Editors Note: This is the second installment of a two-part series on packaging supplies. The first article (May/June) addressed the process of selecting appropriate exterior packaging forms (boxes, mailers, etc.) and closures. This article will discuss interior packaging materials and forms. As mentioned in the first installment, even though these articles are geared toward small- to medium-sized operations (between 1,000 and 5,000 packages per month), those whose activities are somewhat greater or less than this range can still benefit.
The Concept of Cost/Performance
The preferred criteria for selecting appropriate interior packaging materials for any specific application is a combination of the cost of the final package and the level of performance it provides. This combination can be thought of as the overall value of the package. In general, a package will typically perform one or more of the following functions: containment, convenience, communication and protection.
Each can be considered as a type of performance for the overall package or for specific components or parts of the pack. For interior packaging materials, we are most often concerned with protecting the products in the package. Protection may be from spoilage, heat, cold, moisture, infestation, light, tampering, pilferage, electrostatic discharge (ESD), corrosion and physical damage resulting from the bumps, jolts, impacts, compression and vibrations encountered in typical distribution, shipping and handling environments. So interior packaging materials are most often first considered on their ability to perform some required protective function; however, this should not be the entire basis for selection since all performance will come at some cost.
Over the years, it has become obvious that overall value for a pack design is based on several cost factors including (but not always limited to) the costs of materials, labor, freight/postage, storage/warehousing, shipping container, shipping damage and disposal. Packaging operations of the scale described earlier (1,000 to 5,000 packages per month) will probably use a limited range of internal packaging materials, depending on the types of products being shipped and the types and levels of protective performance required. The types of performance most often considered for these materials are surface protection, interleaving/wrapping, void fill, blocking and bracing, cushioning, specialty, atmospheric barrier (humidity, moisture, dust, etc.), electrical protection (shielding, anti-static, etc.), temperature and areas of packaging performance. A brief description of each type of performance may help to explain why certain materials may be preferred over others.
Surface Protection These materials serve to protect finished surfaces on products that might be susceptible to scratching, denting, marring and highlighting during warehousing and distribution. Products with finished, polished or painted metal or wood surfaces most often will require a surface protection material to ensure these surfaces arrive undamaged at the ultimate user. Materials used for such purposes must be clean, non-abrasive and non-reactive. Often, they must also breathe in order for surfaces to finish curing in the final package.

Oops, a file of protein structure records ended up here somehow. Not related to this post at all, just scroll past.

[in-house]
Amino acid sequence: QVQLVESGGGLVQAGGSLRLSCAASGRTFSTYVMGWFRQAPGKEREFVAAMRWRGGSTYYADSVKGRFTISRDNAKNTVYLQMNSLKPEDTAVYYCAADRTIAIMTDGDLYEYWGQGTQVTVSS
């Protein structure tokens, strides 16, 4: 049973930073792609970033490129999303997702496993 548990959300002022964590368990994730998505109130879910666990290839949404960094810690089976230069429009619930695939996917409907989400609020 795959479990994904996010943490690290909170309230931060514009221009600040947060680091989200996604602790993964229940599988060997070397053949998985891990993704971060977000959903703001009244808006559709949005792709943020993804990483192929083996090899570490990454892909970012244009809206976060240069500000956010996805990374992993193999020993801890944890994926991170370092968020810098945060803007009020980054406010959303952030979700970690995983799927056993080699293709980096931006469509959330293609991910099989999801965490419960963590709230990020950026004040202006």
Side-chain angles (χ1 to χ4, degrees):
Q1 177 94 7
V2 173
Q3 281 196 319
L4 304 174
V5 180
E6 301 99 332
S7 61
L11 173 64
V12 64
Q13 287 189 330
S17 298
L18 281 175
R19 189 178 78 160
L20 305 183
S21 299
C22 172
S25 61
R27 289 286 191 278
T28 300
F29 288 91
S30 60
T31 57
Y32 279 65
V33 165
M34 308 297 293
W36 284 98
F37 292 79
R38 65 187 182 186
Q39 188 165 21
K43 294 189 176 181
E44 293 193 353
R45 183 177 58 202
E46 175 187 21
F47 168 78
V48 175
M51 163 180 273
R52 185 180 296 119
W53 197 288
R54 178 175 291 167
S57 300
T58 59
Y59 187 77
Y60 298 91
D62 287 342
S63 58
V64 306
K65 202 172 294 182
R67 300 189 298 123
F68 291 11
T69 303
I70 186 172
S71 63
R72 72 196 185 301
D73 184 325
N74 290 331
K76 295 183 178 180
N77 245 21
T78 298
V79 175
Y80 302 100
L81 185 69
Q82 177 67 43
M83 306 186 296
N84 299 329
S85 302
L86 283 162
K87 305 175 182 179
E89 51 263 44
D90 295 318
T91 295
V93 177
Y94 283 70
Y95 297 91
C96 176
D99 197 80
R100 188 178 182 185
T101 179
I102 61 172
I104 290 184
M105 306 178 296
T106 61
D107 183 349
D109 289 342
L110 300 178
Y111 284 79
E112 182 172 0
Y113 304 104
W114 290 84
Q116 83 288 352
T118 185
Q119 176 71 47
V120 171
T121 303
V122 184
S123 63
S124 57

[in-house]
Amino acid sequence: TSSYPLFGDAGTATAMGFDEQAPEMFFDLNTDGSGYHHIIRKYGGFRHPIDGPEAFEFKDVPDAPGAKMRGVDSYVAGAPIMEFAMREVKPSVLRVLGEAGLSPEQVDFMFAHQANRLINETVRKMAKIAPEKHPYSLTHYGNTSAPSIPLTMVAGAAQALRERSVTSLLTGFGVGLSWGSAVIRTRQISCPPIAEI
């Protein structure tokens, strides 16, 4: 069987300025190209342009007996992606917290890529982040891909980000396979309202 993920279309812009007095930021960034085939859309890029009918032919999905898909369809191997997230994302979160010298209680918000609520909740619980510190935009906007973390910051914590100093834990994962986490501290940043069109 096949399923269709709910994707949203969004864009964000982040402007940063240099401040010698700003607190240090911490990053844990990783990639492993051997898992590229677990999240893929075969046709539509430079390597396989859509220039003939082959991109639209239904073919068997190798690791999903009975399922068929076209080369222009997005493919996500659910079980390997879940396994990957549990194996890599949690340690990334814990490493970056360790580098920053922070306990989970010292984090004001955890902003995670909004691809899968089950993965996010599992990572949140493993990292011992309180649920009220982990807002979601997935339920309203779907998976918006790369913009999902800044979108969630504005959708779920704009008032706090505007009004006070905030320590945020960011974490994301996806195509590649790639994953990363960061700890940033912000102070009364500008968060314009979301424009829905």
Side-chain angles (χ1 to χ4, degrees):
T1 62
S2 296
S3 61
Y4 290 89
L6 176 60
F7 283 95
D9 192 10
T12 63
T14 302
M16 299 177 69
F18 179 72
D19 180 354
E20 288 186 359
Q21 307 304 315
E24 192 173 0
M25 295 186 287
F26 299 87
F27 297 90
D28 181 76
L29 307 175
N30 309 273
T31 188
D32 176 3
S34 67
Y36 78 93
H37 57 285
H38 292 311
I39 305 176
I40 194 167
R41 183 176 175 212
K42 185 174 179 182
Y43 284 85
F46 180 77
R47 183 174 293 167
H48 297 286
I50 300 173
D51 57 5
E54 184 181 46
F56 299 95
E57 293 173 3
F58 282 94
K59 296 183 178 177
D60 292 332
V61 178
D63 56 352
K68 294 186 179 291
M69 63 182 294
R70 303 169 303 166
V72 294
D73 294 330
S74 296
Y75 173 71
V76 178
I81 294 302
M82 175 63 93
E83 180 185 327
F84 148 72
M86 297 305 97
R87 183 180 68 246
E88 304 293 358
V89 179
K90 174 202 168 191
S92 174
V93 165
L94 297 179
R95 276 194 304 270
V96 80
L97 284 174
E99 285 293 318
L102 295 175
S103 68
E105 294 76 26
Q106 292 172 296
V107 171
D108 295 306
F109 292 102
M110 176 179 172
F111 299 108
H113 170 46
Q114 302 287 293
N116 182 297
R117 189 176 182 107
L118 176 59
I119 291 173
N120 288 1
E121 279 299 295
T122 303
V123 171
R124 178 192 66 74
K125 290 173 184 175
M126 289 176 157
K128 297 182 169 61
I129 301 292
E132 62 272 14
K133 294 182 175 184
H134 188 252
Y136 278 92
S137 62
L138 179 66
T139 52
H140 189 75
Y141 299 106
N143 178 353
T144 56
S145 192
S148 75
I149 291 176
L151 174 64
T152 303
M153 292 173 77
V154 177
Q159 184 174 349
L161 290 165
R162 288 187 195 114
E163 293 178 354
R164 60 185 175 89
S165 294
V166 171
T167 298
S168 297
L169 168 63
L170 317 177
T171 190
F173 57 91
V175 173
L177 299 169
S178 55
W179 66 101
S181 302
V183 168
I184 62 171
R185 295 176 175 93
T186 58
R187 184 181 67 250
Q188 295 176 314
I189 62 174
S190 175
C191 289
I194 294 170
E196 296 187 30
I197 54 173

Wrapping/Interleaving When several items are shipped in the same shipping container, they must often be individually wrapped or interleaved to prevent internal collisions and impacts during shipment. Often, these types of contents can more easily be protected if they are consolidated into a single unit through wrapping and interleaving with the appropriate materials. The preferred materials for these applications must be thin enough not to add inordinate bulk to the contents while sufficiently resilient to ensure the items being wrapped are protected from each other during shipping and distribution.
Void Fill In many packaging areas, only a limited number of corrugated box sizes can be stocked. Therefore, it is not unusual that the contents will not entirely fill the internal volume of the box being used. In these instances, the excess space in the container can create problems in shipment. Void fill materials are often used to compensate for any potentially damaging effects of these voids while also insuring the maintenance of the original packaging array throughout shipment. Void fill materials should be economical, bulky, easy to use and resilient enough to maintain their bulk throughout the shipping cycle. If void fill materials compress and do not recover during impacts, vibrations or compression, then the void originally occupied will be created again in the pack.
Blocking & Bracing There are times when the objective of a package assembly will be simply to keep the product inside in a specific position within the package. Cushioning may not be an issue (the product being rugged and not easily damaged from shock). Most often, this packaging function deals with large, heavy items that may be packaged in crates or on pallets.
Cushioning Many items will be damaged if they are subjected to rough handling or transit vibrations without additional protection. Such fragile (and semi-fragile) products will require cushioning. Materials that cushion will support the product within the pack and then deflect or deform under dynamic impact in a controlled manner, reducing the level of shock · felt by the product to safe levels. Most effective cushioning forms will then recover after such an impact in order to maintain this ability for subsequent impact events. Cushioning is often designed and fabricated (or molded) for specific products, but for the operations described here, more often the cushioning materials preferred are those that have broad ranges of potential usage including wraps and foam-in-place.